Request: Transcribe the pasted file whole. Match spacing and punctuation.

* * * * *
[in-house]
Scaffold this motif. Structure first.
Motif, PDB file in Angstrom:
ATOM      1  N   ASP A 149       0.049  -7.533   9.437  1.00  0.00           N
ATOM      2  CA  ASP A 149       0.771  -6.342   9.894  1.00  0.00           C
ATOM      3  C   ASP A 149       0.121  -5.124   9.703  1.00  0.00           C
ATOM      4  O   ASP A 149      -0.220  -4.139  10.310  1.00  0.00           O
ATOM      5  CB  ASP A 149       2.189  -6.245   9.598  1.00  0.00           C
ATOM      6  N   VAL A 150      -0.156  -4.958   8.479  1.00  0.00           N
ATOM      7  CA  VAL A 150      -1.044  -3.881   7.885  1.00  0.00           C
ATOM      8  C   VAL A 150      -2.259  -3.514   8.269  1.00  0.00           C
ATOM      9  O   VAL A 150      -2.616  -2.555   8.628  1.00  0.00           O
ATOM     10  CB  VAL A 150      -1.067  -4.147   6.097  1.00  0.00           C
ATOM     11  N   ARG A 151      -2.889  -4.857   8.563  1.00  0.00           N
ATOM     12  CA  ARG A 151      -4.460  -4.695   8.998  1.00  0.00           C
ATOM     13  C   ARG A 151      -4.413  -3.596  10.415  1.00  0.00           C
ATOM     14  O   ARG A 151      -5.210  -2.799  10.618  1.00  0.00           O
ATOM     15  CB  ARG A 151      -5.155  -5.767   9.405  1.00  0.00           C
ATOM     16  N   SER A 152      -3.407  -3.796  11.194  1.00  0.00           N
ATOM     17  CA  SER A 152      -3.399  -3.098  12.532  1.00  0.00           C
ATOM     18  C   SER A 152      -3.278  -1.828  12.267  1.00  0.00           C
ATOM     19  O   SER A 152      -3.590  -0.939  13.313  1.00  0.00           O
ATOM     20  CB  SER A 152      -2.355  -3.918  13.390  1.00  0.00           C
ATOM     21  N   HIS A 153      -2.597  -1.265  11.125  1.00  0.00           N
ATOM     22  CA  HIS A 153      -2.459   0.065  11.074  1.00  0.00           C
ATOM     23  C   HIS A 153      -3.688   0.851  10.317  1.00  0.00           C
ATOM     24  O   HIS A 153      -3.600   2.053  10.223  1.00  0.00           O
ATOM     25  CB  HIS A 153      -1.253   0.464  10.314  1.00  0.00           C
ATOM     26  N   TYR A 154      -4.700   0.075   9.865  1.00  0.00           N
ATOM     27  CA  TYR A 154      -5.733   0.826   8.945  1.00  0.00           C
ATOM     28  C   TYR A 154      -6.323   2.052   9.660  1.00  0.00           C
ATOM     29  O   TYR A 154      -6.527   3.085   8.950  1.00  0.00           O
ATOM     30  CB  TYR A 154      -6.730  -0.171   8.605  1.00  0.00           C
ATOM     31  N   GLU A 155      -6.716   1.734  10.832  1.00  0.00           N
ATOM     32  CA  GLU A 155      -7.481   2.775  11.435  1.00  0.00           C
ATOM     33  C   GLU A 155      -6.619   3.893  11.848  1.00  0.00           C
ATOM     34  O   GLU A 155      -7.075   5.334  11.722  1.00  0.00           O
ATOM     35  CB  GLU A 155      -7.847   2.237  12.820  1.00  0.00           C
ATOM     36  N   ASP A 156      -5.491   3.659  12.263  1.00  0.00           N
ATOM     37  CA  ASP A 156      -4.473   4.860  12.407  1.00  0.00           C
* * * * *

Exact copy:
[in-house]
Scaffold this motif. Structure first.
Motif, PDB file in Angstrom:
ATOM      1  N   ASP A 149       0.049  -7.533   9.437  1.00  0.00           N
ATOM      2  CA  ASP A 149       0.771  -6.342   9.894  1.00  0.00           C
ATOM      3  C   ASP A 149       0.121  -5.124   9.703  1.00  0.00           C
ATOM      4  O   ASP A 149      -0.220  -4.139  10.310  1.00  0.00           O
ATOM      5  CB  ASP A 149       2.189  -6.245   9.598  1.00  0.00           C
ATOM      6  N   VAL A 150      -0.156  -4.958   8.479  1.00  0.00           N
ATOM      7  CA  VAL A 150      -1.044  -3.881   7.885  1.00  0.00           C
ATOM      8  C   VAL A 150      -2.259  -3.514   8.269  1.00  0.00           C
ATOM      9  O   VAL A 150      -2.616  -2.555   8.628  1.00  0.00           O
ATOM     10  CB  VAL A 150      -1.067  -4.147   6.097  1.00  0.00           C
ATOM     11  N   ARG A 151      -2.889  -4.857   8.563  1.00  0.00           N
ATOM     12  CA  ARG A 151      -4.460  -4.695   8.998  1.00  0.00           C
ATOM     13  C   ARG A 151      -4.413  -3.596  10.415  1.00  0.00           C
ATOM     14  O   ARG A 151      -5.210  -2.799  10.618  1.00  0.00           O
ATOM     15  CB  ARG A 151      -5.155  -5.767   9.405  1.00  0.00           C
ATOM     16  N   SER A 152      -3.407  -3.796  11.194  1.00  0.00           N
ATOM     17  CA  SER A 152      -3.399  -3.098  12.532  1.00  0.00           C
ATOM     18  C   SER A 152      -3.278  -1.828  12.267  1.00  0.00           C
ATOM     19  O   SER A 152      -3.590  -0.939  13.313  1.00  0.00           O
ATOM     20  CB  SER A 152      -2.355  -3.918  13.390  1.00  0.00           C
ATOM     21  N   HIS A 153      -2.597  -1.265  11.125  1.00  0.00           N
ATOM     22  CA  HIS A 153      -2.459   0.065  11.074  1.00  0.00           C
ATOM     23  C   HIS A 153      -3.688   0.851  10.317  1.00  0.00           C
ATOM     24  O   HIS A 153      -3.600   2.053  10.223  1.00  0.00           O
ATOM     25  CB  HIS A 153      -1.253   0.464  10.314  1.00  0.00           C
ATOM     26  N   TYR A 154      -4.700   0.075   9.865  1.00  0.00           N
ATOM     27  CA  TYR A 154      -5.733   0.826   8.945  1.00  0.00           C
ATOM     28  C   TYR A 154      -6.323   2.052   9.660  1.00  0.00           C
ATOM     29  O   TYR A 154      -6.527   3.085   8.950  1.00  0.00           O
ATOM     30  CB  TYR A 154      -6.730  -0.171   8.605  1.00  0.00           C
ATOM     31  N   GLU A 155      -6.716   1.734  10.832  1.00  0.00           N
ATOM     32  CA  GLU A 155      -7.481   2.775  11.435  1.00  0.00           C
ATOM     33  C   GLU A 155      -6.619   3.893  11.848  1.00  0.00           C
ATOM     34  O   GLU A 155      -7.075   5.334  11.722  1.00  0.00           O
ATOM     35  CB  GLU A 155      -7.847   2.237  12.820  1.00  0.00           C
ATOM     36  N   ASP A 156      -5.491   3.659  12.263  1.00  0.00           N
ATOM     37  CA  ASP A 156      -4.473   4.860  12.407  1.00  0.00           C